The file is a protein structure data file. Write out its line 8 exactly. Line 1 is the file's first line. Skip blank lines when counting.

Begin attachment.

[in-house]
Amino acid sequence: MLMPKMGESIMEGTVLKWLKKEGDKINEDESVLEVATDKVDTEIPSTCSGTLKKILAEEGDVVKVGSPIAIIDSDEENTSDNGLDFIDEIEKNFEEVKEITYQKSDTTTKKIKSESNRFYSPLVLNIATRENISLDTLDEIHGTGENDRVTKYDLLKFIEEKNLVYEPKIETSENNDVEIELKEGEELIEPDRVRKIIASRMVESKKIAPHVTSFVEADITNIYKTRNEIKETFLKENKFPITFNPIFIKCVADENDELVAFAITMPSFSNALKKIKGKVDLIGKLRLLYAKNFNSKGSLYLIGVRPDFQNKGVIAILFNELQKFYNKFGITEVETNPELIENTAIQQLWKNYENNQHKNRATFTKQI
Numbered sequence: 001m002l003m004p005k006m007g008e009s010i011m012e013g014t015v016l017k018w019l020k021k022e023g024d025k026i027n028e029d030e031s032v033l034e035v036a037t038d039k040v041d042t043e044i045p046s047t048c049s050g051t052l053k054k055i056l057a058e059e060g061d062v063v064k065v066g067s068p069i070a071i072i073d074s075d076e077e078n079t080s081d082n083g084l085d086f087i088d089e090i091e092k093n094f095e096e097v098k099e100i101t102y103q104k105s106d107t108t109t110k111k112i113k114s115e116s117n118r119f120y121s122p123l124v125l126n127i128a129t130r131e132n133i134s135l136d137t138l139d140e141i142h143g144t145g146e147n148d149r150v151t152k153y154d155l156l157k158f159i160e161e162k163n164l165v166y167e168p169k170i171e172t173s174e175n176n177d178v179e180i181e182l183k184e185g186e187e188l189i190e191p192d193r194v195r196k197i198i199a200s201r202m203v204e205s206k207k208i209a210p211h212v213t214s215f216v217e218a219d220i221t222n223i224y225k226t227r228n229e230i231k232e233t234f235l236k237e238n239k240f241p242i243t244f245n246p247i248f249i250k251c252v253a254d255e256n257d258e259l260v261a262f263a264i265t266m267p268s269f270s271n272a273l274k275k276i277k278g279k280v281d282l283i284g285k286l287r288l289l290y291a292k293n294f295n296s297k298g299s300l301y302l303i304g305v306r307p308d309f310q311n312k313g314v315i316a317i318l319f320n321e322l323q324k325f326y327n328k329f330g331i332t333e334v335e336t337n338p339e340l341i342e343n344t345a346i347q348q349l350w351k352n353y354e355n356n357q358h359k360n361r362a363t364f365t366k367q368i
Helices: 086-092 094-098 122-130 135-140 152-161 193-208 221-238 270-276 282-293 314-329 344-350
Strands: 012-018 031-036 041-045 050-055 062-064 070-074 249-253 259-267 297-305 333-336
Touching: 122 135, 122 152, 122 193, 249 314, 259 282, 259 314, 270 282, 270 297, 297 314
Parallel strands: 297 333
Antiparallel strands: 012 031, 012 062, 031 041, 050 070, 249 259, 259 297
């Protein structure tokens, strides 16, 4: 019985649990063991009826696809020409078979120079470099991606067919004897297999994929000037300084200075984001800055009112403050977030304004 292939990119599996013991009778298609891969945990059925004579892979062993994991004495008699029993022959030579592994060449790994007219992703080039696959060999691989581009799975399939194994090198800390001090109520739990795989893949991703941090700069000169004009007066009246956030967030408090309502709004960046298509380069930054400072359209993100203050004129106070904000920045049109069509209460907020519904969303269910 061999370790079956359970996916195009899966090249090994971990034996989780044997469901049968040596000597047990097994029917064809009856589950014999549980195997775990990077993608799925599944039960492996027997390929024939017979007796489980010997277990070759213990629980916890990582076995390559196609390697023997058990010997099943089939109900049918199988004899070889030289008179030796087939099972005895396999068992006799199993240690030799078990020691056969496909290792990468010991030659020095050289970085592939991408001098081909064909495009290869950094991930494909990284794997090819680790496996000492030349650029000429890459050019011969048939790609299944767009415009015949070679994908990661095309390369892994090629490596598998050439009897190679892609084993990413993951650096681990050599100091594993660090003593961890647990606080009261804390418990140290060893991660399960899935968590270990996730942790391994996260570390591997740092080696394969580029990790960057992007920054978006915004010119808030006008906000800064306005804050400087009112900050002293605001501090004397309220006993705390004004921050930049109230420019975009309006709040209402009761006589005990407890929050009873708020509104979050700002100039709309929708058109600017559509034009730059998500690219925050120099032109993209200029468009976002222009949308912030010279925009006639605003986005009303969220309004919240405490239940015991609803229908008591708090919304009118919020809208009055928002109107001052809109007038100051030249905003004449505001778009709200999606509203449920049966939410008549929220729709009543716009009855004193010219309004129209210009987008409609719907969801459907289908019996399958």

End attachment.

Antiparallel strands: 012 031, 012 062, 031 041, 050 070, 249 259, 259 297